The foremost sources of information about Oottukkadu Venkata Kavi are his own compositions and surviving members of his brother's family. In Indian culture and specifically the field of Carnatic music, where the history and the source of information have more often than not, been scantily documented, the primary evidence is a composer's body of works. Any external corraborations are a bonus.
Birth and early life: As per available information (from the Family Tree) Oottukkadu Venkat Kavi was born to Subbu Kutti Iyer and Venkamma in Mannargudi, a temple town near Tanjavur in South India, sometime in early 1700s. Later on, they are said to have migrated to Oottukkadu, which was a small neighbouring village. Venkata Kavi lived in a very pious and culturally alive atmosphere. He is considered to have remained a bachelor and lived a very introspective and elevated life meditating upon God and music but his compositions also testify to the fact that he travelled extensively.
Divine influence: In his young days, Venkata Kavi expressed an interest to learn music from Shri Krishna Yogi. However, upon Krishna Yogi's refusal to teach him, his mother advised him to surrender himself to Lord Krshna in the Kalinga Narttana temple at Oottukkadu. Lord Krshna is said to have appeared before him and blessed him with knowledge.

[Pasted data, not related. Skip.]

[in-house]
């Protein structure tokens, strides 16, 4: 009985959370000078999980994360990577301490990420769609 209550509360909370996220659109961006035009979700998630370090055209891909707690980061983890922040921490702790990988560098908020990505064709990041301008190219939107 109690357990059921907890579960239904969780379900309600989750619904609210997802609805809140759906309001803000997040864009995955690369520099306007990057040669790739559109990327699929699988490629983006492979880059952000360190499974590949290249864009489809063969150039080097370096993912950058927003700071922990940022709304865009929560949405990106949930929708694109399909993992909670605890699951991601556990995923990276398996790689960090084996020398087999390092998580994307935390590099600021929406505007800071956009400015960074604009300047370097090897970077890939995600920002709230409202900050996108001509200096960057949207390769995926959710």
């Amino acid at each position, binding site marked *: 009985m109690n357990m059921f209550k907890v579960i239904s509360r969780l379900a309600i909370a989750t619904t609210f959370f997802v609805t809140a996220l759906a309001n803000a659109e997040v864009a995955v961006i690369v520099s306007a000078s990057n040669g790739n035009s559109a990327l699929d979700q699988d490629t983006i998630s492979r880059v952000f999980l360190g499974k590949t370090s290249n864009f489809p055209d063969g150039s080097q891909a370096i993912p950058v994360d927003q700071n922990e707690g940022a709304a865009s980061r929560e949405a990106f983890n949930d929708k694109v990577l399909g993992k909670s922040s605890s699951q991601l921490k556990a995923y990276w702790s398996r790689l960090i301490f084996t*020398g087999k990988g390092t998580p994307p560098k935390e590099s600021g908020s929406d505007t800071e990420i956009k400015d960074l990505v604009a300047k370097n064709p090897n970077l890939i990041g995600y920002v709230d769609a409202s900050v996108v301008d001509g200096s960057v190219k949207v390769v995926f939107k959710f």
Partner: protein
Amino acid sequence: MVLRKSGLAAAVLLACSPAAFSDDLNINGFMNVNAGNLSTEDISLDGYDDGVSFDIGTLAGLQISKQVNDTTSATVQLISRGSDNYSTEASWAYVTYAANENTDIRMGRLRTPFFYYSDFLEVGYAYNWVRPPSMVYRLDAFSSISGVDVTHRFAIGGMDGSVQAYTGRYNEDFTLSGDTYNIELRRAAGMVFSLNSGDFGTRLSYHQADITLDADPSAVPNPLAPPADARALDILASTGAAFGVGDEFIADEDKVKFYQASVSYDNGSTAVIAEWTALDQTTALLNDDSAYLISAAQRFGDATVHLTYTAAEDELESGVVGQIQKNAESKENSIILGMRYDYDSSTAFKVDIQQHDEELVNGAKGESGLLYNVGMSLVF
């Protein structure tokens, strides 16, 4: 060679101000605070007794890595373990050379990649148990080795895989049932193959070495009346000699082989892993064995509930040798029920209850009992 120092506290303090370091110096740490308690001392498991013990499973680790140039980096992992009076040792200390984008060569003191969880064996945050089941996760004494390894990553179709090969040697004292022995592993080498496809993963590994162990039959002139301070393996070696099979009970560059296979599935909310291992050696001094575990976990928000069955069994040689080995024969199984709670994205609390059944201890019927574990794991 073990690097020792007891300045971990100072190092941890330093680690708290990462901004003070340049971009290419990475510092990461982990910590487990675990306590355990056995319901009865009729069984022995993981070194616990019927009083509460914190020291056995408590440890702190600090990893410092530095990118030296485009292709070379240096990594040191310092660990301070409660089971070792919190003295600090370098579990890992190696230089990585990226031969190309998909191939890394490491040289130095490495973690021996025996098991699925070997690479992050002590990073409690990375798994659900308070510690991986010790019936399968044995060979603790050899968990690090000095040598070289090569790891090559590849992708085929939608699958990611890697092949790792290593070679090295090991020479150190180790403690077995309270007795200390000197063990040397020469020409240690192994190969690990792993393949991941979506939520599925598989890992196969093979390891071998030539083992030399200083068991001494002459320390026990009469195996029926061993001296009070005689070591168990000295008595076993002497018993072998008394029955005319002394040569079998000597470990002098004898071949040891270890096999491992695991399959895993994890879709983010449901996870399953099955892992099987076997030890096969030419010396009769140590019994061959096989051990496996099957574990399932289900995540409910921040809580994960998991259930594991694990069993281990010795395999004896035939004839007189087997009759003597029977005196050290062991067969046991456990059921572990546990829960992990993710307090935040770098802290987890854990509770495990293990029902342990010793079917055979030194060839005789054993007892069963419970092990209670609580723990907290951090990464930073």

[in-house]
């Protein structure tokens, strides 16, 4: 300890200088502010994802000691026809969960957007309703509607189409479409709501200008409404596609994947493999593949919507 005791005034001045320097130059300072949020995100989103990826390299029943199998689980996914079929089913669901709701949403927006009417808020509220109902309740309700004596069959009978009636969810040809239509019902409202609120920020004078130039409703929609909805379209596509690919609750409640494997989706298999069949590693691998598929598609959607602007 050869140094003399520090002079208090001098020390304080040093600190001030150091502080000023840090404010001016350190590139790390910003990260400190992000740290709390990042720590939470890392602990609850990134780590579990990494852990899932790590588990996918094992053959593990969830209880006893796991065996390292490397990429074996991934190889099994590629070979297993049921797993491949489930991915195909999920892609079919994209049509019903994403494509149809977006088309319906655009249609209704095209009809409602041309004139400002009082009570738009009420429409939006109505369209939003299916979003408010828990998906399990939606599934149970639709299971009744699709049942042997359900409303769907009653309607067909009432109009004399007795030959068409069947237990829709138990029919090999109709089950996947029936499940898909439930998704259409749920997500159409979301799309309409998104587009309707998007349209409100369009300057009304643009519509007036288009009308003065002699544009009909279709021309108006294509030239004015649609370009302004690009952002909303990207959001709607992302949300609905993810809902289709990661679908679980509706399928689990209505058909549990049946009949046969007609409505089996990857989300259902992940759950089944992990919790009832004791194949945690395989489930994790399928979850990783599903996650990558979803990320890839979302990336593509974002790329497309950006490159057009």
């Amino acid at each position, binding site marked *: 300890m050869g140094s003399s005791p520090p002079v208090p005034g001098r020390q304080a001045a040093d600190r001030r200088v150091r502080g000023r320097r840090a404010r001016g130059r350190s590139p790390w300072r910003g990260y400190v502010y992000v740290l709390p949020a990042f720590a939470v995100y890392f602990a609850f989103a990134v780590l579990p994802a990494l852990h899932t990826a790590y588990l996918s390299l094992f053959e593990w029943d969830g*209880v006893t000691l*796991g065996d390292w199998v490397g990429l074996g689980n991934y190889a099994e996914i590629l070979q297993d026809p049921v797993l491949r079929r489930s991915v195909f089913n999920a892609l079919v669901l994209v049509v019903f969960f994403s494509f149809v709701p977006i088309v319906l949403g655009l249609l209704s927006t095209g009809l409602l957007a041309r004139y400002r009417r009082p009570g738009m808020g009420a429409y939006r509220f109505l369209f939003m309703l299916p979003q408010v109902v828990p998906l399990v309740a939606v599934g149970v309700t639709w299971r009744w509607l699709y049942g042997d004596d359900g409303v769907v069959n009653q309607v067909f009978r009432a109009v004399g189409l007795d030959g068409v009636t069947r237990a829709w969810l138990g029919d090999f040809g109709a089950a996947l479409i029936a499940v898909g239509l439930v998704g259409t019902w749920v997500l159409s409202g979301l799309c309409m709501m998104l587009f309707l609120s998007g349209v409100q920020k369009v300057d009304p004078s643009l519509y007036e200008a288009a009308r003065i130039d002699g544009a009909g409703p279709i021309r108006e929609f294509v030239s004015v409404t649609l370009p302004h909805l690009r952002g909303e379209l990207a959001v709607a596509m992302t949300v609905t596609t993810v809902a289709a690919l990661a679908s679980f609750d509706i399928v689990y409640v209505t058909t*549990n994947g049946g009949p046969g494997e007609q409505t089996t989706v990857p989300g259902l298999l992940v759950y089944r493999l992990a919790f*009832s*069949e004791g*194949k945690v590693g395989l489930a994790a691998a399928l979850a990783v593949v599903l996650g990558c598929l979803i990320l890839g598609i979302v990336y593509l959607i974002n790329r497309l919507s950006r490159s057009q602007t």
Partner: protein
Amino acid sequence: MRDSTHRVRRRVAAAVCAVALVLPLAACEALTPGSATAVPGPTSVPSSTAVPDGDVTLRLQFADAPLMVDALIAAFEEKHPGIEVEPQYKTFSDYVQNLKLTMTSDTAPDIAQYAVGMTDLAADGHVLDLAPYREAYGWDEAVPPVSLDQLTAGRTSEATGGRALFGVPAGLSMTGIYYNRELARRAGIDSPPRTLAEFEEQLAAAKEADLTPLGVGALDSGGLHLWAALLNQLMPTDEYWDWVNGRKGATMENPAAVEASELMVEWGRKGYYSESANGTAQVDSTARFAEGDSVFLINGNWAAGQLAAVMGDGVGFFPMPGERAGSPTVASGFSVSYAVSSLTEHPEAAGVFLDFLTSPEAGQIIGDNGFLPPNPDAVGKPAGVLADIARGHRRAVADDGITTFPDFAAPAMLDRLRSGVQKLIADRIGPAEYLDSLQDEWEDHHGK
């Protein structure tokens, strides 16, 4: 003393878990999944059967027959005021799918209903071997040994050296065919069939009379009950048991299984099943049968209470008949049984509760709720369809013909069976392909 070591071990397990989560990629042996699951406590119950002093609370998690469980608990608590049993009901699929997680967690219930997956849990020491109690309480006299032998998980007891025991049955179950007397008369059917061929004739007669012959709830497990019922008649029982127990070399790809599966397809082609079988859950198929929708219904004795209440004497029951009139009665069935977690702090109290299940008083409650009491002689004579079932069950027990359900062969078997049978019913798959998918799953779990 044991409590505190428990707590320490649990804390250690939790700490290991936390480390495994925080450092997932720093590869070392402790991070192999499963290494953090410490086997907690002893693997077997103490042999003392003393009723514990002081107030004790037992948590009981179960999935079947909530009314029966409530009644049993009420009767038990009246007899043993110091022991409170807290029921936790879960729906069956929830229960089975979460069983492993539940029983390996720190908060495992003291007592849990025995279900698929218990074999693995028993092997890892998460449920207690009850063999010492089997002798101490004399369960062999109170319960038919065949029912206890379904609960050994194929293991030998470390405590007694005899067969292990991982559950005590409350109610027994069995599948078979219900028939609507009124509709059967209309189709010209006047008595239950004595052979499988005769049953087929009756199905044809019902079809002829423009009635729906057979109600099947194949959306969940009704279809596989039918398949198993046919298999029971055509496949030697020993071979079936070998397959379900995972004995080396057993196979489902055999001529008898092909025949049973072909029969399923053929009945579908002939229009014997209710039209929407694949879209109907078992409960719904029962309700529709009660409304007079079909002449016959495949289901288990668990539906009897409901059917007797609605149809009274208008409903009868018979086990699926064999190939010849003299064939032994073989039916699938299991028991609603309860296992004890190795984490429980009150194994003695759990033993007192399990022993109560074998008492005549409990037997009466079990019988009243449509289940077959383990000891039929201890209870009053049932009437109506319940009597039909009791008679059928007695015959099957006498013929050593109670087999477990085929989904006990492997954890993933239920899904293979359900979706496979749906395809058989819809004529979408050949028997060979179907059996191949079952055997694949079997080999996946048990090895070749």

Therefore, it is not surprising to find that Venkata Kavi refers to Lord Krshna as his 'divine preceptor' in many compositions. But some compositions also suggest that he may have had a human pedagogue too. Currently, around 500 compositions of this great composer have been discovered through various sources. Over 300 of these have been published by noted harikatha exponent, Needamangalam Krishnamurthy Bhagavatar (who was a descendant of the poet's brother's family) and others.
Other influences and sources of inspiration: One of the most obvious factors that have made Venkata Kavi's compositions among the greatest in Indian culture are the imprint of great personalities right from Valmiki and Vyasa to Jayadeva on him. His compositions are a testimony to the fact that he has been deeply impacted by the lives, knowledge and exemplary attitude of numerous great devotees including the 12 azhwars, 63 nayanmars and composers such as Purandara Dasa and Tulasi Dasa.
Another powerful influence was the Bhagavata mela tradition that flourished in South India. Oottukkadu, along with Melattur, Shoolamangalam and Shalyamangalam was a major centre for Bhagavata mela. This probably would have motivated him to compose so many operas on various great personalities, as well as the Ramayana, Mahabharata and Bhagavatam. It also explains his mastery over diverse musical forms suited for music, dance, theatre as well as discourses and the emotive appeal and devotional fervor in his pieces.
Maratha presence: Maratha rulers ruled in the Tanjore region around 16th – 17th centuries and they were known to be patrons of art and culture. This might have insipired him to compose a handful of pieces in Marathi and to have employed ragas such as Dvijayavanti, Hameerkalyani and Sindhubhairavi.